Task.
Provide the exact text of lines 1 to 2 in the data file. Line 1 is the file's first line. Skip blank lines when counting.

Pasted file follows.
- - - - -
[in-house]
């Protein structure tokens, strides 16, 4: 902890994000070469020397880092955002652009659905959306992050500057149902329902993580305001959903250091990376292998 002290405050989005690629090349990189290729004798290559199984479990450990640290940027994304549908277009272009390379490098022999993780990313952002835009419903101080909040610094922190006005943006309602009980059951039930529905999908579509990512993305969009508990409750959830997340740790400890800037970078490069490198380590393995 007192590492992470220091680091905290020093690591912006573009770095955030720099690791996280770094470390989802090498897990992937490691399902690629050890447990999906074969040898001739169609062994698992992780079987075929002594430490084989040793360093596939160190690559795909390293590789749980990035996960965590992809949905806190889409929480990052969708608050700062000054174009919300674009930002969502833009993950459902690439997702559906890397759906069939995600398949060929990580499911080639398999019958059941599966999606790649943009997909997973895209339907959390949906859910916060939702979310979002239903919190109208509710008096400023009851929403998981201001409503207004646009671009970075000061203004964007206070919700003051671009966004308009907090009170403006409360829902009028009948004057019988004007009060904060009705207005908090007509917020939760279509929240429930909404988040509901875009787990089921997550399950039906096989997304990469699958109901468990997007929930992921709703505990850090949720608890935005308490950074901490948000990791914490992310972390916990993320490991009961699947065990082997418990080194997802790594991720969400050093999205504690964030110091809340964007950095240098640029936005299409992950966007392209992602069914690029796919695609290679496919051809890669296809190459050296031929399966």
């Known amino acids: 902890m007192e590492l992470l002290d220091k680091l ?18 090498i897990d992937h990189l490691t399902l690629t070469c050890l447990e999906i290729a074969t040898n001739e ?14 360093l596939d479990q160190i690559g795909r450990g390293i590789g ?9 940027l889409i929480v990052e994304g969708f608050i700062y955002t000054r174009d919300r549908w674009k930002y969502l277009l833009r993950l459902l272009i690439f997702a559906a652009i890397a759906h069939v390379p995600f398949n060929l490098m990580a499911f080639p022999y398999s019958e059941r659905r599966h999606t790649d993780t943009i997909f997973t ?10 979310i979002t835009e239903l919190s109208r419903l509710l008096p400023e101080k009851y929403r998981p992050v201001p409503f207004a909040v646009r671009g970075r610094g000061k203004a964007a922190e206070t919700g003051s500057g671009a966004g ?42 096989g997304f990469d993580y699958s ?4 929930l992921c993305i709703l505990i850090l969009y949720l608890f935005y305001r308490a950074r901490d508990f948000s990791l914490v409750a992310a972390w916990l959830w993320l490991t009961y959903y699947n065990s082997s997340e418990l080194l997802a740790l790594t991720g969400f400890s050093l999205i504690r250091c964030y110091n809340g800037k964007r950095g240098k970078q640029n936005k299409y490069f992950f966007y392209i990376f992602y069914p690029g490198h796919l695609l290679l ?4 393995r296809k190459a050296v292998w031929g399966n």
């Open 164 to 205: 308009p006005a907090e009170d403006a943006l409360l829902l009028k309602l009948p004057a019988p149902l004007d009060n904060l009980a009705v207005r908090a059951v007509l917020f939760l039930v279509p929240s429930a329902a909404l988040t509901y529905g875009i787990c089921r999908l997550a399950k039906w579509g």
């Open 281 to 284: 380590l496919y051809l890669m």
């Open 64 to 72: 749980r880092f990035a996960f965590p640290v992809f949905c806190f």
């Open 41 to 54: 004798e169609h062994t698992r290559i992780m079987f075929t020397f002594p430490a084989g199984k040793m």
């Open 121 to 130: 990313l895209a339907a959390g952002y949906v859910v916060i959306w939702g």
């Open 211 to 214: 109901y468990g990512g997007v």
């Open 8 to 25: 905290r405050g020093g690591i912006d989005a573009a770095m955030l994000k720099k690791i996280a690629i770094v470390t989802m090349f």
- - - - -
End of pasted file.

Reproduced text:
[in-house]
């Protein structure tokens, strides 16, 4: 902890994000070469020397880092955002652009659905959306992050500057149902329902993580305001959903250091990376292998 002290405050989005690629090349990189290729004798290559199984479990450990640290940027994304549908277009272009390379490098022999993780990313952002835009419903101080909040610094922190006005943006309602009980059951039930529905999908579509990512993305969009508990409750959830997340740790400890800037970078490069490198380590393995 007192590492992470220091680091905290020093690591912006573009770095955030720099690791996280770094470390989802090498897990992937490691399902690629050890447990999906074969040898001739169609062994698992992780079987075929002594430490084989040793360093596939160190690559795909390293590789749980990035996960965590992809949905806190889409929480990052969708608050700062000054174009919300674009930002969502833009993950459902690439997702559906890397759906069939995600398949060929990580499911080639398999019958059941599966999606790649943009997909997973895209339907959390949906859910916060939702979310979002239903919190109208509710008096400023009851929403998981201001409503207004646009671009970075000061203004964007206070919700003051671009966004308009907090009170403006409360829902009028009948004057019988004007009060904060009705207005908090007509917020939760279509929240429930909404988040509901875009787990089921997550399950039906096989997304990469699958109901468990997007929930992921709703505990850090949720608890935005308490950074901490948000990791914490992310972390916990993320490991009961699947065990082997418990080194997802790594991720969400050093999205504690964030110091809340964007950095240098640029936005299409992950966007392209992602069914690029796919695609290679496919051809890669296809190459050296031929399966």